especially content for children who speak minority languages, live in remote locations and belong to marginalized groups.” Should it be internet companies’ responsibility? I wouldn’t trust corporations to do the right thing. My next thought is should the government be able to regulate this? I definitely don’t trust governments to do the right thing either.
Second reading of the week and my takeaways from Pages 13 – 20 of Living with New Media: Genres of Participation with New Media. The main idea of this section was the three genres of participation, “hanging out, messing around, and geeking out are three genres of participation that describe different forms of commitment to media engagement, and they correspond to different social and learning dynamics.” The study found adults see using new media while hanging out with friends as a waste of time. In response to restrictions on hanging out, teenagers find workarounds. The first genre was hanging out. “While hanging out with their friends, youth develop and discuss their taste in music, their knowledge of television and movies, and their expertise in gaming. They also engage in a variety of new media practices, such as looking around online or playing games, when they are together with friends.” “Young people use new media to build friendships and romantic relationships as well as to hang out with each other as much and as often as possible.” The second genre was, “messing around represents the beginning of a more intense, media-centric form of engagement. When messing around, young people begin to take an interest in and focus on the workings and content of the technology and media themselves, tinkering, exploring, and extending their understanding. The third genre was, “‘geeking out’ —an intense commitment to or engagement with media or technology, often one particular media property, genre, or type of technology.” TLDR: Hanging out, messing around, and geeking out are three ways kids are using technology in their lives but to different extents.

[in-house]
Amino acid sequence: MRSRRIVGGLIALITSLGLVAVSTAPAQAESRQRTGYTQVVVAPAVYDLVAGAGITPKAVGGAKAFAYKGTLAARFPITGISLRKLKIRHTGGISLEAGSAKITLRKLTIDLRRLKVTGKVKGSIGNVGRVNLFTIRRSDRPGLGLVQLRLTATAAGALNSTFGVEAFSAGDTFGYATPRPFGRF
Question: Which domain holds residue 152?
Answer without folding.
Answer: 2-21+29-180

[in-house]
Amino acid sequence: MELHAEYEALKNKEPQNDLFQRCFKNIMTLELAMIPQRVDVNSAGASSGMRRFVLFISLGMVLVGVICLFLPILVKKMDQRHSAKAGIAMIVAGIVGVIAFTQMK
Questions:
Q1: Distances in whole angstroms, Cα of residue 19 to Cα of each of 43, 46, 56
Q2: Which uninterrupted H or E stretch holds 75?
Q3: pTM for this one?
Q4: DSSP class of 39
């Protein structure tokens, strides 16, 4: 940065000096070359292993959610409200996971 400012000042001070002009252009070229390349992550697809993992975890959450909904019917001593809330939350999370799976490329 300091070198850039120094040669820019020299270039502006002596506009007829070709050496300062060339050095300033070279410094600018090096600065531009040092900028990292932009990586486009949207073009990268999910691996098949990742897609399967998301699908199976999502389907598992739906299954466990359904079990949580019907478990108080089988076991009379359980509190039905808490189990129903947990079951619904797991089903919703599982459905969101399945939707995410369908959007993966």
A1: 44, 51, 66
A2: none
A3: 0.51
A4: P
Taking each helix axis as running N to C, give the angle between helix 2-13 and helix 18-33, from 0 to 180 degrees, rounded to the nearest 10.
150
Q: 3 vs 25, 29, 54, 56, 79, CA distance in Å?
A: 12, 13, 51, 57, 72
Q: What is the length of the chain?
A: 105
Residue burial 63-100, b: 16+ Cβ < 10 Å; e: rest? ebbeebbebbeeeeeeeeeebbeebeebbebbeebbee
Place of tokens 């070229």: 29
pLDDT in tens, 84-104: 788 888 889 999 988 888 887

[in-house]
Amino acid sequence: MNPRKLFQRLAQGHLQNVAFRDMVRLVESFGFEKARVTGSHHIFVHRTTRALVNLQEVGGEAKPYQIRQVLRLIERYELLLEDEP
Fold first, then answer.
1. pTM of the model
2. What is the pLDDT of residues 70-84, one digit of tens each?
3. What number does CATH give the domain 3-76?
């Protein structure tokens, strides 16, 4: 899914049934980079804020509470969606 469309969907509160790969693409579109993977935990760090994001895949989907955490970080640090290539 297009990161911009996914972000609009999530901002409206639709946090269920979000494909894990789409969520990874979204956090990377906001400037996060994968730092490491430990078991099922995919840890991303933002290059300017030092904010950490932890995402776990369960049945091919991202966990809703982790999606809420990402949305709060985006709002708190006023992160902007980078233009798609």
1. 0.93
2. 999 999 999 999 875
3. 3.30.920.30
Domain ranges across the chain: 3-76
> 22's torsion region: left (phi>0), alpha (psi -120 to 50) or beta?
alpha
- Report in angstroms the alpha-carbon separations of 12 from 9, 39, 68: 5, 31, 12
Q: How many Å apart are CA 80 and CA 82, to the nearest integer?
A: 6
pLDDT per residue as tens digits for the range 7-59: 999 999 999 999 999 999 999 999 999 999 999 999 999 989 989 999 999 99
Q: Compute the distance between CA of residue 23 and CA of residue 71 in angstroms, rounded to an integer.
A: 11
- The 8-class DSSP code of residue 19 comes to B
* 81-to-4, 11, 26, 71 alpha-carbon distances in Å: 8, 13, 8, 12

My takeaways from Google Search Tricks for Research: Search operators target whatever I’m searching for. First, quotation marks give more exact results for what’s in the quotes. Second, use OR in caps; for example, climate change OR global warming. Third, the minus sign, for example, apple -fruit will give results for apple but not the fruit. Finally, site: – you can search within a specific website for search terms. You can also include university domains with .edu and country domains like .de for Germany.